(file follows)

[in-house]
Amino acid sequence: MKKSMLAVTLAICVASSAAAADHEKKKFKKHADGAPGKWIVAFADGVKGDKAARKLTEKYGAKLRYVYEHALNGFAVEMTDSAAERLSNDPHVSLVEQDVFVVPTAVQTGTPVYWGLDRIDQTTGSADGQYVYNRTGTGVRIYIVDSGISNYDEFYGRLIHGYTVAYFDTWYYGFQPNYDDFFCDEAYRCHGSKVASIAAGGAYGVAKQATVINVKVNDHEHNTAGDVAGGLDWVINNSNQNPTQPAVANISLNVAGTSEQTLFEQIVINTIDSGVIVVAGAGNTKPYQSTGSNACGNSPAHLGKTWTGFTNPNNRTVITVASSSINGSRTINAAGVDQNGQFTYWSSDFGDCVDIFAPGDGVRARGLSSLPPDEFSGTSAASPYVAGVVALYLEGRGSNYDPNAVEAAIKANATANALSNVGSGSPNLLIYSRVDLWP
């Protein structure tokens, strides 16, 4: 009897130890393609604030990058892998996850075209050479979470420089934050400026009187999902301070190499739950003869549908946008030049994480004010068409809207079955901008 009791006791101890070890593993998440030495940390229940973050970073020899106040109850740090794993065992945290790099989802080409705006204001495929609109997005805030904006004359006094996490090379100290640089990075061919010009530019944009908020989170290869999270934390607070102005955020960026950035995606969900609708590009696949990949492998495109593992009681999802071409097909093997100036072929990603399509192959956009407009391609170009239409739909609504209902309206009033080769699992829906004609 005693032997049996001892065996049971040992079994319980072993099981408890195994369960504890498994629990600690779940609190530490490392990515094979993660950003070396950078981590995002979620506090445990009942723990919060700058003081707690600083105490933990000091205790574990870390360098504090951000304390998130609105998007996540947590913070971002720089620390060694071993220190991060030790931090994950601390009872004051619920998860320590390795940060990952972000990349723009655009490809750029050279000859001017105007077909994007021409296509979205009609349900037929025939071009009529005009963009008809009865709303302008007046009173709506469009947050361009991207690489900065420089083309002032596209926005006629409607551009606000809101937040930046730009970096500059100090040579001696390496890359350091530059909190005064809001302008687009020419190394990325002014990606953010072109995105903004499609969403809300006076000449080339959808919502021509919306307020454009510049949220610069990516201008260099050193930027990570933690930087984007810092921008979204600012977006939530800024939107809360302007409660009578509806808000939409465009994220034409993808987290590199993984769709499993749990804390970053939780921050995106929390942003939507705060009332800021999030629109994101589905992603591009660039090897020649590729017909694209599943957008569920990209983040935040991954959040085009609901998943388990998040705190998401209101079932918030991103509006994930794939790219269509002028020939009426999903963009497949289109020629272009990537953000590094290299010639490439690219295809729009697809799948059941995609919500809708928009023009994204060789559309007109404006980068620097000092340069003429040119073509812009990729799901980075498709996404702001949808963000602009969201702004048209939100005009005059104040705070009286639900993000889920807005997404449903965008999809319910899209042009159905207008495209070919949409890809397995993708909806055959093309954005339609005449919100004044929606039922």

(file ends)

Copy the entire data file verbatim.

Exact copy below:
[in-house]
Amino acid sequence: MKKSMLAVTLAICVASSAAAADHEKKKFKKHADGAPGKWIVAFADGVKGDKAARKLTEKYGAKLRYVYEHALNGFAVEMTDSAAERLSNDPHVSLVEQDVFVVPTAVQTGTPVYWGLDRIDQTTGSADGQYVYNRTGTGVRIYIVDSGISNYDEFYGRLIHGYTVAYFDTWYYGFQPNYDDFFCDEAYRCHGSKVASIAAGGAYGVAKQATVINVKVNDHEHNTAGDVAGGLDWVINNSNQNPTQPAVANISLNVAGTSEQTLFEQIVINTIDSGVIVVAGAGNTKPYQSTGSNACGNSPAHLGKTWTGFTNPNNRTVITVASSSINGSRTINAAGVDQNGQFTYWSSDFGDCVDIFAPGDGVRARGLSSLPPDEFSGTSAASPYVAGVVALYLEGRGSNYDPNAVEAAIKANATANALSNVGSGSPNLLIYSRVDLWP
């Protein structure tokens, strides 16, 4: 009897130890393609604030990058892998996850075209050479979470420089934050400026009187999902301070190499739950003869549908946008030049994480004010068409809207079955901008 009791006791101890070890593993998440030495940390229940973050970073020899106040109850740090794993065992945290790099989802080409705006204001495929609109997005805030904006004359006094996490090379100290640089990075061919010009530019944009908020989170290869999270934390607070102005955020960026950035995606969900609708590009696949990949492998495109593992009681999802071409097909093997100036072929990603399509192959956009407009391609170009239409739909609504209902309206009033080769699992829906004609 005693032997049996001892065996049971040992079994319980072993099981408890195994369960504890498994629990600690779940609190530490490392990515094979993660950003070396950078981590995002979620506090445990009942723990919060700058003081707690600083105490933990000091205790574990870390360098504090951000304390998130609105998007996540947590913070971002720089620390060694071993220190991060030790931090994950601390009872004051619920998860320590390795940060990952972000990349723009655009490809750029050279000859001017105007077909994007021409296509979205009609349900037929025939071009009529005009963009008809009865709303302008007046009173709506469009947050361009991207690489900065420089083309002032596209926005006629409607551009606000809101937040930046730009970096500059100090040579001696390496890359350091530059909190005064809001302008687009020419190394990325002014990606953010072109995105903004499609969403809300006076000449080339959808919502021509919306307020454009510049949220610069990516201008260099050193930027990570933690930087984007810092921008979204600012977006939530800024939107809360302007409660009578509806808000939409465009994220034409993808987290590199993984769709499993749990804390970053939780921050995106929390942003939507705060009332800021999030629109994101589905992603591009660039090897020649590729017909694209599943957008569920990209983040935040991954959040085009609901998943388990998040705190998401209101079932918030991103509006994930794939790219269509002028020939009426999903963009497949289109020629272009990537953000590094290299010639490439690219295809729009697809799948059941995609919500809708928009023009994204060789559309007109404006980068620097000092340069003429040119073509812009990729799901980075498709996404702001949808963000602009969201702004048209939100005009005059104040705070009286639900993000889920807005997404449903965008999809319910899209042009159905207008495209070919949409890809397995993708909806055959093309954005339609005449919100004044929606039922």